# Suppose you have a budget of $1,300 to spend of beer and pizza this year. Your utility function... ## Question: Suppose you have a budget of$1,300 to spend of beer and pizza this year. Your utility function is {eq}U = 200B + 150P - 0.5B^2 - 0.25P^2 {/eq}. The price of a beer is $5 and the price of a pizza is$10.

a. Using calculus, set up a constrained optimization problem using the Lagrangian multiplier that derives the optimal consumption of pretzels and beer. Find the optimal values.

b. At the optimum, what are the marginal utilities of both pizza and beer? Does the Utility-Maximizing Rule hold?

c. Does the utility function indicate a relationship between pizza and beer?

## Utility-optimization:

Any rational consumer in the market who is consuming goods and services produced by the producer looks for that particular bundle of goods which maximizes its satisfaction or utility. The utility can be maximized through Lagrange function.

_a_

The equation of a budget line can be written as:

{eq}\begin{align*} {P_B}B + {P_P}P &= M\\ 5B + 10P &= 1300 \end{align*}{/eq}

Set up the Lagrange function as below:

{eq}\begin{align*} L &= U\left( {B,P} \right) - \lambda \left( {{P_B}B + {P_P}P - M} \right)\\ L &= 200B + 150P - 0.5{B^2} - 0.25{P^2} - \lambda \left( {5B + 10P - 1300} \right)\\ \dfrac{{\partial L}}{{\partial B}} &= 200 - B - 5\lambda .........\left( 1 \right)\\ \dfrac{{\partial L}}{{\partial P}} &= 150 - 0.5P - 10\lambda ..........\left( 2 \right)\\ \dfrac{{\partial L}}{{\partial \lambda }} &= - 5B - 10P + 1300........\left( 3 \right) \end{align*}{/eq}

Now substitute equation (1) and (2) equal to zero:

{eq}\begin{align*} 200 - B - 5\lambda &= 0\\ \Rightarrow \dfrac{{200 - B}}{5} &= \lambda .......\left( 4 \right)\\ 150 - 0.5P - 10\lambda &= 0\\ \Rightarrow \dfrac{{150 - 0.5P}}{{10}} &= \lambda ........\left( 5 \right) \end{align*}{/eq}

Now equate equation (4) and (5),

{eq}\begin{align*} \dfrac{{200 - B}}{5} &= \dfrac{{150 - 0.5P}}{{10}}\\ 400 - 2B &= 150 - 0.5P\\ 250 &= 2B - 0.5P........\left( 6 \right) \end{align*}{/eq}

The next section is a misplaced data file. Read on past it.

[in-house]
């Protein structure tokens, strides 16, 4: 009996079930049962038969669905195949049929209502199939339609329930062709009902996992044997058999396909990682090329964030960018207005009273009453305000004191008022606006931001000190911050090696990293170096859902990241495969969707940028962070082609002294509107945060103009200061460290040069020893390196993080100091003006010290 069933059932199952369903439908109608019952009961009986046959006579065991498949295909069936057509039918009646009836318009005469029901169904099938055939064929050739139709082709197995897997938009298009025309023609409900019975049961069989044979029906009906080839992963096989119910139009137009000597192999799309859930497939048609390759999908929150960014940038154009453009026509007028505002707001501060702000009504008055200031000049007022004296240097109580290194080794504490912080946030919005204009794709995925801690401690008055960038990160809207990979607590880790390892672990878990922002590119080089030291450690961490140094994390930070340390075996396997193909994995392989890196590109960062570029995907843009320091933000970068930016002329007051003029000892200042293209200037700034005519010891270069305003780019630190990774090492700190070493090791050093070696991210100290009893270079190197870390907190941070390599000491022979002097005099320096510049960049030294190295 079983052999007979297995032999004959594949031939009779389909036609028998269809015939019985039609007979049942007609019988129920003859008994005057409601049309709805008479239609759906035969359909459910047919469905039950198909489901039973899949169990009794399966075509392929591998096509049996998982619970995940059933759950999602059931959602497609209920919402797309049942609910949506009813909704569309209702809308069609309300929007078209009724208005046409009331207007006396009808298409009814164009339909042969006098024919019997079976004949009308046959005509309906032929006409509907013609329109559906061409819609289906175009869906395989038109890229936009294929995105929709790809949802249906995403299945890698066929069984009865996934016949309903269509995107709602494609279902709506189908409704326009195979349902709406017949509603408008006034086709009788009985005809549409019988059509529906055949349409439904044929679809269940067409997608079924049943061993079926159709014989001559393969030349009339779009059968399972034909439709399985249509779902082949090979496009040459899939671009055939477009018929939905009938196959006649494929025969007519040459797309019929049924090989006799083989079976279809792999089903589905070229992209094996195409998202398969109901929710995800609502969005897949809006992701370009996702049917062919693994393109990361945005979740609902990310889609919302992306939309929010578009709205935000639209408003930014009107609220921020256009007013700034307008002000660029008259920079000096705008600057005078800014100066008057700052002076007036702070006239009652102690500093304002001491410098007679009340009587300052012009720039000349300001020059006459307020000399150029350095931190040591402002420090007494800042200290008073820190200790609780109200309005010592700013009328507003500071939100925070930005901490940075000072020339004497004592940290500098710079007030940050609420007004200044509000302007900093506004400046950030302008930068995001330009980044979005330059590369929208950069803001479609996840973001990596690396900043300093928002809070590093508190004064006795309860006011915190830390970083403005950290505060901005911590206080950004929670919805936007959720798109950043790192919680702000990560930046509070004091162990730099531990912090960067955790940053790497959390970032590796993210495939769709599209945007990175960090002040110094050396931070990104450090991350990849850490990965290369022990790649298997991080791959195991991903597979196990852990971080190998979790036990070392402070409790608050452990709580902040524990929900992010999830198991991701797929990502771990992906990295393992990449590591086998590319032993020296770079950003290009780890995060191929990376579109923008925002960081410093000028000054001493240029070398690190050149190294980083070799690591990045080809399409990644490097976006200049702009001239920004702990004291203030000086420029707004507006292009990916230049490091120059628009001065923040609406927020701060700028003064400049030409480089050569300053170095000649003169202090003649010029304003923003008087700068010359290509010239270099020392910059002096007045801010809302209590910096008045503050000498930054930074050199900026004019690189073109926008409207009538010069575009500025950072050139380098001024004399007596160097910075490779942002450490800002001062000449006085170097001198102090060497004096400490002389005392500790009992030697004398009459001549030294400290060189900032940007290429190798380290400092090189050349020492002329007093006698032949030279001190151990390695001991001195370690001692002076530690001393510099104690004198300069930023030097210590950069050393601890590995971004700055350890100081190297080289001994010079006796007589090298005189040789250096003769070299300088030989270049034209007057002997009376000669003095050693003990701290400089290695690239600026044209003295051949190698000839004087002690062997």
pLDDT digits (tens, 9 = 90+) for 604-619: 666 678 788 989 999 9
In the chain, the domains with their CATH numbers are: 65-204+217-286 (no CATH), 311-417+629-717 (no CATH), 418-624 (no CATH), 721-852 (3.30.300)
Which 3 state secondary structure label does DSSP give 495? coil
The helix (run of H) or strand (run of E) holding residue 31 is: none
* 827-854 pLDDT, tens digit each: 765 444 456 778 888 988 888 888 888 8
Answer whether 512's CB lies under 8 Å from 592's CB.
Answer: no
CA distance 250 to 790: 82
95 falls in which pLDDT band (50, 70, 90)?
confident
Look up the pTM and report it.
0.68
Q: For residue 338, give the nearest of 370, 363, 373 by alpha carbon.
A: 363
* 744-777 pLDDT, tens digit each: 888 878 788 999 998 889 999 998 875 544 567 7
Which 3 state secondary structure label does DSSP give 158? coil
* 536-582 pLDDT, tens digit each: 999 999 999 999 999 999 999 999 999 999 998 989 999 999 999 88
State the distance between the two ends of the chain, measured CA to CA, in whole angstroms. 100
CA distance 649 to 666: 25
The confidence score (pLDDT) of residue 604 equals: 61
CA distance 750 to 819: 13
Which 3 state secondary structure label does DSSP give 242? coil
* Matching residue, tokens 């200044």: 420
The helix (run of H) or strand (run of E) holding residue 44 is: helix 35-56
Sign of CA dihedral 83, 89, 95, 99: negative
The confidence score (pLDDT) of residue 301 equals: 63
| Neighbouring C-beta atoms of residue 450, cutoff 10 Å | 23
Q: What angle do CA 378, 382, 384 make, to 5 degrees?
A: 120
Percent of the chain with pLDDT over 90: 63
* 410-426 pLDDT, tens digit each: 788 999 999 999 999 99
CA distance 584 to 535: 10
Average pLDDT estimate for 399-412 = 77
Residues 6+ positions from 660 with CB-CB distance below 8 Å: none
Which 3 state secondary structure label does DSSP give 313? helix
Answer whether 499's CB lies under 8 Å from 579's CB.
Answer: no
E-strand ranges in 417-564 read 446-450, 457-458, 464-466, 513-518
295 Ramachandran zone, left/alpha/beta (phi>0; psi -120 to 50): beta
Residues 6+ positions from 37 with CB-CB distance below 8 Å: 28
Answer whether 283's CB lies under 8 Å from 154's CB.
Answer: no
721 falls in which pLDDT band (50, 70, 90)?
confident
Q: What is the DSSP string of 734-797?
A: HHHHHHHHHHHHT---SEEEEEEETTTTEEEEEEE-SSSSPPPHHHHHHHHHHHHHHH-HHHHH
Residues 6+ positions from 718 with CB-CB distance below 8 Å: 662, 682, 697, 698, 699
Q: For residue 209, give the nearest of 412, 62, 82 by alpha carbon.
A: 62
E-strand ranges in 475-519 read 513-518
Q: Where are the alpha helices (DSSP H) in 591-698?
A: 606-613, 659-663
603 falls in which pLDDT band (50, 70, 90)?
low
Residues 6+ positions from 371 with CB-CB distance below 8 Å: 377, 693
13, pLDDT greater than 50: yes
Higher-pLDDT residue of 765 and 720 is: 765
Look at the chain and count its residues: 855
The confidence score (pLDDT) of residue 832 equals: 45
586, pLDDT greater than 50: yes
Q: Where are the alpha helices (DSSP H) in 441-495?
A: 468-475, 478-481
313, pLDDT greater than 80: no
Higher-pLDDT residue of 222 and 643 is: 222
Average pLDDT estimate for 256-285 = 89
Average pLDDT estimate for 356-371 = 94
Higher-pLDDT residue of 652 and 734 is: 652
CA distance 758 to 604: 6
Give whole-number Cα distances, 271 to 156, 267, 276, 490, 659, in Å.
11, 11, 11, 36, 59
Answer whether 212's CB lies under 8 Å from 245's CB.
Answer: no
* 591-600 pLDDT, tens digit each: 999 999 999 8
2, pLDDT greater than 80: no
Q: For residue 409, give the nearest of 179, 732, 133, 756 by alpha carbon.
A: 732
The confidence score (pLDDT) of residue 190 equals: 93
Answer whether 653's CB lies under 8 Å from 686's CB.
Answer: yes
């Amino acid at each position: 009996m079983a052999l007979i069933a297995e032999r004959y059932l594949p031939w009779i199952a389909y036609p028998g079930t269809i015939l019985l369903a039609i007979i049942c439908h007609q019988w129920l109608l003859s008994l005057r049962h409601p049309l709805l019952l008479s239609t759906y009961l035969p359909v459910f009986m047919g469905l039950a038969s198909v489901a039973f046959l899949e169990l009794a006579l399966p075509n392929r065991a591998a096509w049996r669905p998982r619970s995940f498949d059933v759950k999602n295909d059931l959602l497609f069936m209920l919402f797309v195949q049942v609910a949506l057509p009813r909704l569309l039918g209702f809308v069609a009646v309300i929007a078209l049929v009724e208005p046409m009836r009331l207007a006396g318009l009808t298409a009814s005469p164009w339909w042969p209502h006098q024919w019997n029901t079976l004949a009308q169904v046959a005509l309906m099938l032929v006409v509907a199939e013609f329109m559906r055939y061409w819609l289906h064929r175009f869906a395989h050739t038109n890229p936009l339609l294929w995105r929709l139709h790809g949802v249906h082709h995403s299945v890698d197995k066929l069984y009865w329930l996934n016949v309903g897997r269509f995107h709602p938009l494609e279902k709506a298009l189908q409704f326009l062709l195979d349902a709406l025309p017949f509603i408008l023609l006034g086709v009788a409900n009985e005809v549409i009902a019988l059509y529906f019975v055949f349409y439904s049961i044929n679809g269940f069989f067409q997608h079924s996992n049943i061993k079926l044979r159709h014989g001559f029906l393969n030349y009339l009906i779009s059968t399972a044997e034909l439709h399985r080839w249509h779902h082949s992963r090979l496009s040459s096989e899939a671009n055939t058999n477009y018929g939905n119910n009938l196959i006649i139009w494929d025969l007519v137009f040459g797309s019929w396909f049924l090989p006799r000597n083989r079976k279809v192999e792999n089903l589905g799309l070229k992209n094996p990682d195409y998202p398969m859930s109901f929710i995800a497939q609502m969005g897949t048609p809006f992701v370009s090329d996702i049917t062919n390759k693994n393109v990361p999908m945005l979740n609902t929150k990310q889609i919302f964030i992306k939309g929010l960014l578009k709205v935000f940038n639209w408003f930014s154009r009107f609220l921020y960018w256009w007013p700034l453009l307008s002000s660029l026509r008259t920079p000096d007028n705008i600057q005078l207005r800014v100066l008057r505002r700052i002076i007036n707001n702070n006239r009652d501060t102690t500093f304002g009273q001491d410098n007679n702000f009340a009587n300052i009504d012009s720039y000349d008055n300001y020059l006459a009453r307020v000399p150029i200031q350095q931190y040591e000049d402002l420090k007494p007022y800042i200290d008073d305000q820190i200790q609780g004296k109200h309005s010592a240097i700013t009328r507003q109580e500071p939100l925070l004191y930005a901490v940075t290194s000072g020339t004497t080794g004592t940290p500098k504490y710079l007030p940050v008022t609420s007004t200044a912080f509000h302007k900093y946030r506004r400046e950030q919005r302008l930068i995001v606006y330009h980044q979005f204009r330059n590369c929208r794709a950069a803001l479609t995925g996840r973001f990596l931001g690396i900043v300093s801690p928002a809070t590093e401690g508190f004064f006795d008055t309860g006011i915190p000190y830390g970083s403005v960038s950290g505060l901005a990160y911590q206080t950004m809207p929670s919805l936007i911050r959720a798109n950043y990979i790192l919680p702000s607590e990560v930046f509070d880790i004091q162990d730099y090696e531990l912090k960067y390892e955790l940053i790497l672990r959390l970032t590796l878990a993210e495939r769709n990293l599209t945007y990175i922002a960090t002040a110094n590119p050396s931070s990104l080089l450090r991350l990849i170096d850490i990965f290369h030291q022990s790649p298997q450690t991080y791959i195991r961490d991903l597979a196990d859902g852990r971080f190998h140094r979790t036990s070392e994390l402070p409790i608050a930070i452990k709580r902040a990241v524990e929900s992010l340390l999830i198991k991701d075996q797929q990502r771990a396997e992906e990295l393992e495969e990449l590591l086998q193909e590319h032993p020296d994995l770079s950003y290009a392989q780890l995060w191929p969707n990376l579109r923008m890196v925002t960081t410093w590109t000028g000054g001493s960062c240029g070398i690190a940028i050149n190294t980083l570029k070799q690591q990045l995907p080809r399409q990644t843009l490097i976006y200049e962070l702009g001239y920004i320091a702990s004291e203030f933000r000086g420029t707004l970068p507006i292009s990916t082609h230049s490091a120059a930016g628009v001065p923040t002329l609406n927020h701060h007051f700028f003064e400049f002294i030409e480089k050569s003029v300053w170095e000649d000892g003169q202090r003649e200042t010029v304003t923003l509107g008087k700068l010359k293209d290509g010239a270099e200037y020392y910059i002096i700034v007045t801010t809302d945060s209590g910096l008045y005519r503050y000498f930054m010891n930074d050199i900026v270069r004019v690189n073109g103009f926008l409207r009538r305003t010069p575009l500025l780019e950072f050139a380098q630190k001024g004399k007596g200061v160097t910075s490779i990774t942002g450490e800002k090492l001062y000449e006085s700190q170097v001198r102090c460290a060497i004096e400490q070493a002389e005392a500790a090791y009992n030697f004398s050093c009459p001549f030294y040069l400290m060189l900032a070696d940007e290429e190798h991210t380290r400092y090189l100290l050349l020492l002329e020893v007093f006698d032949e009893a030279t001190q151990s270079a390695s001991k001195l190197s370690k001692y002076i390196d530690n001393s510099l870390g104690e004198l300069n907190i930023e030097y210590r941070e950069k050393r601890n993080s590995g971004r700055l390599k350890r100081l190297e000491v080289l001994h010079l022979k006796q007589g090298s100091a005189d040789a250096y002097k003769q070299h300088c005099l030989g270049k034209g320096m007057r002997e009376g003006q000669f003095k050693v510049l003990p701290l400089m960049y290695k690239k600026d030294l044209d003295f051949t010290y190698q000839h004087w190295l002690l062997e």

Equating equation (3) equal to 0 gives us:

{eq}\begin{align*} - 5B - 10P + 1300 &= 0\\ 5B + 10P &= 1300\\ B + 2P &= 260\\ B &= 260 - 2P.......\left( 7 \right) \end{align*}{/eq}

Substituting the value of 'B' in equation (6) gives us:

{eq}\begin{align*} 250 &= 2B - 0.5P\\ 250 &= 2\left( {260 - 2P} \right) - 0.5P\\ 4P + 0.5P &= 520 - 250\\ 4.5P &= 270\\ P* &= 60 \end{align*}{/eq}

Putting back the value of P in equation (7):

{eq}\begin{align*} B &= 260 - 2P\\ B &= 260 - 2\left( {60} \right)\\ B &= 260 - 120\\ B* &= 140 \end{align*}{/eq}

The optimal bundles of beer and pizza are (140, 60)

_b

At the optimal values obtained above, the marginal utilities of both the good is given below:

Marginal utility of beer:

{eq}\begin{align*} M{U_B} &= 200 - B\\ {\rm{At}}\;B &= 140\\ M{U_B} &= 200 - 140\\ M{U_B} &= 60 \end{align*}{/eq}

Marginal utility of Pizza:

{eq}\begin{align*} M{U_P} &= 150 - 0.5P\\ {\rm{At}}\;P &= 60\\ M{U_P} &= 150 - 0.5\left( {60} \right)\\ M{U_P} &= 120 \end{align*}{/eq}

Yes, the utility-maximization rule does hold because according to this rule:

{eq}\begin{align*} \dfrac{{{\rm{Marginal}}\;{\rm{utility}}\;{\rm{of}}{\rm{beer}}}}{{{P_B}}}& = \dfrac{{{\rm{Marginal}}\;{\rm{utility}}\,{\rm{of}}\;{\rm{pizza}}}}{{{P_P}}}\\ LHS &= \dfrac{{60}}{5} \Rightarrow 12\\ RHS &= \dfrac{{120}}{{10}} \Rightarrow 12\\ LHS &= RHS \end{align*}{/eq}

c

Yes, the utility function indicates a relationship between pizza and beer because the utility function is in the form of both these goods.